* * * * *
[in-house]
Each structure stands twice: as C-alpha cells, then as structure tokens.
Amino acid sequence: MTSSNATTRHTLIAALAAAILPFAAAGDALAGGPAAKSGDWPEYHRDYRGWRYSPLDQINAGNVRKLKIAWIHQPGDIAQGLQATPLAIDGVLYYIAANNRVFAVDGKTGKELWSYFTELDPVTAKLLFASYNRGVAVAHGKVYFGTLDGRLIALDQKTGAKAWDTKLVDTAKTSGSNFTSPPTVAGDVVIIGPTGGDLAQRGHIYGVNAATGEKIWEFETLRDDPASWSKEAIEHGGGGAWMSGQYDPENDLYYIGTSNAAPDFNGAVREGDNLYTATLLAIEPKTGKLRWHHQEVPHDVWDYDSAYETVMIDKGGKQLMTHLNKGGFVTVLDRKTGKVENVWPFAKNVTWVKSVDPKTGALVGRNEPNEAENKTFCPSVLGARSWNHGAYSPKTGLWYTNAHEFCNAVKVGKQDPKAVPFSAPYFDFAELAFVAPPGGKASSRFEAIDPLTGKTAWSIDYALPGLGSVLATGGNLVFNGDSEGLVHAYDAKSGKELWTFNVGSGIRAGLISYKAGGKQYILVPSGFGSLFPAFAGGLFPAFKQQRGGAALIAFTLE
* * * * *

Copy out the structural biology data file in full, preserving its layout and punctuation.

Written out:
[in-house]
Each structure stands twice: as C-alpha cells, then as structure tokens.
Amino acid sequence: MTSSNATTRHTLIAALAAAILPFAAAGDALAGGPAAKSGDWPEYHRDYRGWRYSPLDQINAGNVRKLKIAWIHQPGDIAQGLQATPLAIDGVLYYIAANNRVFAVDGKTGKELWSYFTELDPVTAKLLFASYNRGVAVAHGKVYFGTLDGRLIALDQKTGAKAWDTKLVDTAKTSGSNFTSPPTVAGDVVIIGPTGGDLAQRGHIYGVNAATGEKIWEFETLRDDPASWSKEAIEHGGGGAWMSGQYDPENDLYYIGTSNAAPDFNGAVREGDNLYTATLLAIEPKTGKLRWHHQEVPHDVWDYDSAYETVMIDKGGKQLMTHLNKGGFVTVLDRKTGKVENVWPFAKNVTWVKSVDPKTGALVGRNEPNEAENKTFCPSVLGARSWNHGAYSPKTGLWYTNAHEFCNAVKVGKQDPKAVPFSAPYFDFAELAFVAPPGGKASSRFEAIDPLTGKTAWSIDYALPGLGSVLATGGNLVFNGDSEGLVHAYDAKSGKELWTFNVGSGIRAGLISYKAGGKQYILVPSGFGSLFPAFAGGLFPAFKQQRGGAALIAFTLE